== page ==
Another with good lessons learned was a near-miss aviation situation. A vintage plane used by a sight-seeing company had inaccurate fuel gauges so the crew had a policy of always dipping the fuel tanks to verify fuel before flights. The plane usually held most of the fuel in the main tanks and enough reserve fuel for 45 minutes of flight in the auxillary tanks. On one particular day, the situation was reversed – the auxillary tanks held all the fuel needed for that day’s planned flight and the main tanks held the reserve fuel. During the briefing, the information about the reversed fuel situation was mentioned but never emphasized. When the pilot asked the technician if the main tanks had been dipped, the answer was “yes” (but, again, no discussion about the reversal of where the main fuel source for today was). Shortly after the flight began, they had engine problems and could not restart the engines despite attempts to switch back and forth between main and auxillary tanks. They made a successful emergency landing. Lots of ETTO’s in this one! The failure to emphasize the reversal of the fuel allocation led the pilots to assume all was as usual. Because they knew the fuel tanks had been dipped by someone else, they did not dip them themselves each time the plane flew that day. Flying with known inaccurate fuel gauges was tolerated and the workaround was dipping the tanks prior to takeoff to verify the tanks were filled. You may recognize the latter phenomenon as “normalization of deviance” where an organization comes to accept a deviation from best practice as the new standard practice (i.e. a workaround becomes the norm). How many of you know of examples in your organizations where there is a workaround around a faulty piece of equipment or a faulty procedure that has now become accepted “standard” practice? If you don’t start looking today – you’ll find them!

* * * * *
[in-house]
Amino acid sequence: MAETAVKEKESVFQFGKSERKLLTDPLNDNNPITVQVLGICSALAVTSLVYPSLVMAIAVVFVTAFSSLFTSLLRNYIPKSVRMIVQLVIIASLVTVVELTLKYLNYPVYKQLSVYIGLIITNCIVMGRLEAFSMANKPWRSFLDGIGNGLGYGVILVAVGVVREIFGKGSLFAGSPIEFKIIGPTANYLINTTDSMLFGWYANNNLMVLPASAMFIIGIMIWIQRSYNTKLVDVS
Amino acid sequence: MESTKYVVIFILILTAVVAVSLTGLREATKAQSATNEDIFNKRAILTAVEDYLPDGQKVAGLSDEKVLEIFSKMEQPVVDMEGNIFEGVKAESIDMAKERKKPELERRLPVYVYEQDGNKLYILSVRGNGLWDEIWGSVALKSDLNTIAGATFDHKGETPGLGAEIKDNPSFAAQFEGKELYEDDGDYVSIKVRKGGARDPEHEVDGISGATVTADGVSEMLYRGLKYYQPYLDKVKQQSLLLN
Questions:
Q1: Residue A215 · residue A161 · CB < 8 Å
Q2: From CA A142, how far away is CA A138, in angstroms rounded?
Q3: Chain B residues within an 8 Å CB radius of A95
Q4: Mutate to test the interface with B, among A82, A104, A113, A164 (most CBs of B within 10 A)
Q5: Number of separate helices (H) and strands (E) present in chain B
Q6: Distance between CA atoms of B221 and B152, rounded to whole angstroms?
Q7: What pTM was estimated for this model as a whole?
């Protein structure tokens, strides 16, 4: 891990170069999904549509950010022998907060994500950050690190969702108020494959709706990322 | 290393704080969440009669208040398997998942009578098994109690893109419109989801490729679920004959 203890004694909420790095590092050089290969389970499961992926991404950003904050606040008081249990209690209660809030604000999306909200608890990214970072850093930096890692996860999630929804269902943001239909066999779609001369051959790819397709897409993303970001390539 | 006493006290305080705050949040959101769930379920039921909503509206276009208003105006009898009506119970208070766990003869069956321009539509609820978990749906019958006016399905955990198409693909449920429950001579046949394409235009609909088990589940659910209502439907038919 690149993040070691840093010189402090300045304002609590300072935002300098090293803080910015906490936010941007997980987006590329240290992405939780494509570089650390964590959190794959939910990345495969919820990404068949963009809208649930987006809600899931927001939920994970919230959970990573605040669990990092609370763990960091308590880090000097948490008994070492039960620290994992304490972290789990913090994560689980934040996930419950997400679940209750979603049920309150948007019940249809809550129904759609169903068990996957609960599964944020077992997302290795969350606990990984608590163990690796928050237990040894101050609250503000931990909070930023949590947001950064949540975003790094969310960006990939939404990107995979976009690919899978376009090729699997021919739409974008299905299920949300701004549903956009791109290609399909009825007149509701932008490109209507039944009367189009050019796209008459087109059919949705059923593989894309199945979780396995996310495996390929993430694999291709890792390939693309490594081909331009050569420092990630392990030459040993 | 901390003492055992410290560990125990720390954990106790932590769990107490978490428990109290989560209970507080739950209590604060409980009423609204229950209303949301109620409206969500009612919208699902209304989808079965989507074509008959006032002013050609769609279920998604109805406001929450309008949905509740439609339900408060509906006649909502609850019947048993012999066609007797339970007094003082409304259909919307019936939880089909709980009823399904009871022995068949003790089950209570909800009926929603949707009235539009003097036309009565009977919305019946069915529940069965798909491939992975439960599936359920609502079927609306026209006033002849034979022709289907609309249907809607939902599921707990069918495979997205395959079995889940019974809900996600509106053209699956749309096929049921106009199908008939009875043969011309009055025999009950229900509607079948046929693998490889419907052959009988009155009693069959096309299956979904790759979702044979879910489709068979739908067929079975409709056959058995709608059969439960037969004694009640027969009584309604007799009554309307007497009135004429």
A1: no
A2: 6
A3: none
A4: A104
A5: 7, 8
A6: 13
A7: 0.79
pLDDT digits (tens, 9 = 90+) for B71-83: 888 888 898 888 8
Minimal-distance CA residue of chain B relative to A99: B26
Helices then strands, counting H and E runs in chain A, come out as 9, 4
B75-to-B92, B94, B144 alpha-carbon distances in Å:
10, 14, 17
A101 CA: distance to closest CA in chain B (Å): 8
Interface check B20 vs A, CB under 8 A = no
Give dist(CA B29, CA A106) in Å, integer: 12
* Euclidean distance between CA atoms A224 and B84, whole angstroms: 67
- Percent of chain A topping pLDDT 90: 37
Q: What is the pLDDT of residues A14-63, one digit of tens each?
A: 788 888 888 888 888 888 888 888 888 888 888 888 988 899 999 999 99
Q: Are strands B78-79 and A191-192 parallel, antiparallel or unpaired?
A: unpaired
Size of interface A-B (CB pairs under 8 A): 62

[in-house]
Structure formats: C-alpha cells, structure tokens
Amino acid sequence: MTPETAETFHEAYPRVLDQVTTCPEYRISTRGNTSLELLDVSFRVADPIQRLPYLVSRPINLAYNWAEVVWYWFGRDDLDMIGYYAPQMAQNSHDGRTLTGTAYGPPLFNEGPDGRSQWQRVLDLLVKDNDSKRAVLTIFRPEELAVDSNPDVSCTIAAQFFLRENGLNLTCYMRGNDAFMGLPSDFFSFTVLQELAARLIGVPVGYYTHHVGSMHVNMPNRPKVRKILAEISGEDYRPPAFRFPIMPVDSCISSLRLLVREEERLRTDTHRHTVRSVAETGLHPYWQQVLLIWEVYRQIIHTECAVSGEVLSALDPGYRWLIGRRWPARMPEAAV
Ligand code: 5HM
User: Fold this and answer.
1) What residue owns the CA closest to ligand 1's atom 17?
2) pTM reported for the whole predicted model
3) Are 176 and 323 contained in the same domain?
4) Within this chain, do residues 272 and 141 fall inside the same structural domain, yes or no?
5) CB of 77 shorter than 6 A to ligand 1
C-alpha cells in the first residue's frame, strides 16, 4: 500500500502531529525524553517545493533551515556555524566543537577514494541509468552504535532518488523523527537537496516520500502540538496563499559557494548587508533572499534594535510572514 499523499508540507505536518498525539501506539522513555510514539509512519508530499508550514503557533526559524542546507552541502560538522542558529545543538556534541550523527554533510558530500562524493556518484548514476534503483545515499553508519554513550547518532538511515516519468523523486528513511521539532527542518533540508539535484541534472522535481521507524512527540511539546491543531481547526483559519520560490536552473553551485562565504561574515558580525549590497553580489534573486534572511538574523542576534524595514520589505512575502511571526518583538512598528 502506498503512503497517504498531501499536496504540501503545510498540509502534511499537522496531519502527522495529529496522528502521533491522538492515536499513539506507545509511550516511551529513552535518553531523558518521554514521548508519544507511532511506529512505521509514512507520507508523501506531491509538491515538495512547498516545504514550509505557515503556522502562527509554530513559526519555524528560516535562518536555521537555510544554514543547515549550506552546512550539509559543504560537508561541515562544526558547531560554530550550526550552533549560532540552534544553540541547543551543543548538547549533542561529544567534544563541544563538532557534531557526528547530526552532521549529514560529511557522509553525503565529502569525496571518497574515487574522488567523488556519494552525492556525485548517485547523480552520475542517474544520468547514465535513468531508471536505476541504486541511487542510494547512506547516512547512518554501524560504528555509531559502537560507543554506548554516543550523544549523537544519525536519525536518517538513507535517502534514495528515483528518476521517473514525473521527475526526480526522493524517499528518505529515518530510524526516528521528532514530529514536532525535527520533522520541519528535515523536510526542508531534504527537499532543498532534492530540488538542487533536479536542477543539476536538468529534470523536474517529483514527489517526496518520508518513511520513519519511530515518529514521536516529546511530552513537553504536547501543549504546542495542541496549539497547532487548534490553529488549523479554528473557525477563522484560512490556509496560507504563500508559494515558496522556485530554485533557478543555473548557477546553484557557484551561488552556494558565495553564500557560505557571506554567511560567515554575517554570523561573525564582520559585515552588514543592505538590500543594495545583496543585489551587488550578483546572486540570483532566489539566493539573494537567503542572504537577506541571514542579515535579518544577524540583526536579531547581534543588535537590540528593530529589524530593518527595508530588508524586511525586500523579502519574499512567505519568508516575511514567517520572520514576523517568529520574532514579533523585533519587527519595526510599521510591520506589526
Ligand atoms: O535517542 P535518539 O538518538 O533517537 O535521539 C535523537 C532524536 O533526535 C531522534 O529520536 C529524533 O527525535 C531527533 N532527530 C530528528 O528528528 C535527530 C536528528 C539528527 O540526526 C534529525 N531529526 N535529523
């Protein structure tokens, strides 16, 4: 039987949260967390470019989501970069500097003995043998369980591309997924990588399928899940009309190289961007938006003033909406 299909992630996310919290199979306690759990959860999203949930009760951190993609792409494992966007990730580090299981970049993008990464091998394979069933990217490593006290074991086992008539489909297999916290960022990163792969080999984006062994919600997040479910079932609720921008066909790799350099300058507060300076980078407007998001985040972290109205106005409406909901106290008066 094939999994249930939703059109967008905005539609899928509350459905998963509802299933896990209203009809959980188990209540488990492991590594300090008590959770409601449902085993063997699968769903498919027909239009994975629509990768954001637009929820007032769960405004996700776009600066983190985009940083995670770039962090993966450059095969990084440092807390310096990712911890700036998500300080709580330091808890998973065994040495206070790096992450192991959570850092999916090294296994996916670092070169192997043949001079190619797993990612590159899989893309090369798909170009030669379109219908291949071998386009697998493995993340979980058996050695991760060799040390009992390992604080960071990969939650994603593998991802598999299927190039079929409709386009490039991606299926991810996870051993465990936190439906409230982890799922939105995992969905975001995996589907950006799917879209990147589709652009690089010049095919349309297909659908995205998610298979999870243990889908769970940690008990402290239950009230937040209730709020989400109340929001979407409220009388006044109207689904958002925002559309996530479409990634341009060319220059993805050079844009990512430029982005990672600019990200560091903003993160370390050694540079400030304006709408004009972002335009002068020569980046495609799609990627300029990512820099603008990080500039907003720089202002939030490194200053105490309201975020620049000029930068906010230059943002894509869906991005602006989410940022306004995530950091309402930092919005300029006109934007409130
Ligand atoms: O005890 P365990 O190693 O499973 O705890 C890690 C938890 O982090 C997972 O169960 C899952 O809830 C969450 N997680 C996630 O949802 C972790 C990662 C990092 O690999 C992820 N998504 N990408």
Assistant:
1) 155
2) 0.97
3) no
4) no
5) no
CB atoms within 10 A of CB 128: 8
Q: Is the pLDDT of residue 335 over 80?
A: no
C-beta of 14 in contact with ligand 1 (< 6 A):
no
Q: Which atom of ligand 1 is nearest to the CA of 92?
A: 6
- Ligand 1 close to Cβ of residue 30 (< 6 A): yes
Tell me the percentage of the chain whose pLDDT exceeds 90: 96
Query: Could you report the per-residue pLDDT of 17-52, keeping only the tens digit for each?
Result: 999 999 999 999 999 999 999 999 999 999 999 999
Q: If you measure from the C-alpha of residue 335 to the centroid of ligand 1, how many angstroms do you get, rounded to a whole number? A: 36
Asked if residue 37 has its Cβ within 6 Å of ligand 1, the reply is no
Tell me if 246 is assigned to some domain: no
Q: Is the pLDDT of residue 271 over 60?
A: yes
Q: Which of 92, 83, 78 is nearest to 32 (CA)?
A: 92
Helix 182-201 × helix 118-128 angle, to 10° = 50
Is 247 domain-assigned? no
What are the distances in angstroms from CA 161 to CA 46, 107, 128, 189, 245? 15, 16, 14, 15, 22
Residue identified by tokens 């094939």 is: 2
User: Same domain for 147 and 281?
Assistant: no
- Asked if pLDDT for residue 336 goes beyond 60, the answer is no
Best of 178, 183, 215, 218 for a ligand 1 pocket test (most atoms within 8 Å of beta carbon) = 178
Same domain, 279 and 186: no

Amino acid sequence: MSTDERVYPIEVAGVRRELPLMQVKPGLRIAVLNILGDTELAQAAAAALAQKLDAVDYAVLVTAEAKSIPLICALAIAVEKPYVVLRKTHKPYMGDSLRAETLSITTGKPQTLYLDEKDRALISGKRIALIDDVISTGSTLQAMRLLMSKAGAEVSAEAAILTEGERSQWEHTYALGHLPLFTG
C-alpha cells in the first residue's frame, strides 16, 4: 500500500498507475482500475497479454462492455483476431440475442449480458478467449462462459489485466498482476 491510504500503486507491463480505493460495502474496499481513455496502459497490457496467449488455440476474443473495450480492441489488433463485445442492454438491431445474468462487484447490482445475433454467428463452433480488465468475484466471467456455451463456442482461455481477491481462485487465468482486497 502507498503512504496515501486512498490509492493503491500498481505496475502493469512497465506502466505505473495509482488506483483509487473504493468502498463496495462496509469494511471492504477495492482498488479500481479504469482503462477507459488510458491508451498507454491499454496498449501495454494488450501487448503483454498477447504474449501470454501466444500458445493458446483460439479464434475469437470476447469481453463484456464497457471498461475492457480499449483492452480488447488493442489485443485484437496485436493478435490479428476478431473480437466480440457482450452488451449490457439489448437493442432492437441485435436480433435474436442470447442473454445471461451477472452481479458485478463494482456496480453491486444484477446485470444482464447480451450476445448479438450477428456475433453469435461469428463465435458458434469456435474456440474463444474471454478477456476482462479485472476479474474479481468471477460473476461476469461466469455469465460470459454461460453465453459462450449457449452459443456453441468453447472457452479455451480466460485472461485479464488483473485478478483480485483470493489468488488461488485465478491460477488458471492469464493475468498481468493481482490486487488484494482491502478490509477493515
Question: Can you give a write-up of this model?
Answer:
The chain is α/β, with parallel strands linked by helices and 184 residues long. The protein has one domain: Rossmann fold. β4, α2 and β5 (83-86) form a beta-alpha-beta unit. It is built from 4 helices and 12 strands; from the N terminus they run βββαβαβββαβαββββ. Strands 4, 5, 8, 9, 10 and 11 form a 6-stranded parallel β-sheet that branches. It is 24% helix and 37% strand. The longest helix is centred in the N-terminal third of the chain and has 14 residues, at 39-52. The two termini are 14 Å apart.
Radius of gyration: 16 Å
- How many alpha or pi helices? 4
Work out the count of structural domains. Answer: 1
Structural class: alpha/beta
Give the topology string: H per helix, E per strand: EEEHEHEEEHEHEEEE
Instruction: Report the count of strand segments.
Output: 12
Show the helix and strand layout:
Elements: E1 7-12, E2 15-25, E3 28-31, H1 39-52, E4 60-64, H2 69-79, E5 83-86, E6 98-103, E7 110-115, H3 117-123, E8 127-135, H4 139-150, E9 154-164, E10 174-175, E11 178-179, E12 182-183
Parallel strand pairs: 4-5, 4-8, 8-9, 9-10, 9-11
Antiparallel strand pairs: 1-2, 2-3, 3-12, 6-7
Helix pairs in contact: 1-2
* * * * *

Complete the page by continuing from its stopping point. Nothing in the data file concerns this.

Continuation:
Hollnagel even talks about how the ETTO principle applies to root cause analyses. In an RCA we continually ask the question “why” on and on again. He notes that in any investigation you must apply a “stop rule” in which you establish criteria for ending your investigation. It is really the ETTO principle: you are really trading off throroughness vs. efficiency. You have to expend resources (time, personnel, money) to continue the investigation but you also have a need to fully understand the causes of the accident in order to prevent future recurrences. He also points out that our bias to investigate cases with bad outcomes (our “failures”) rather than our successes is also an ETTO.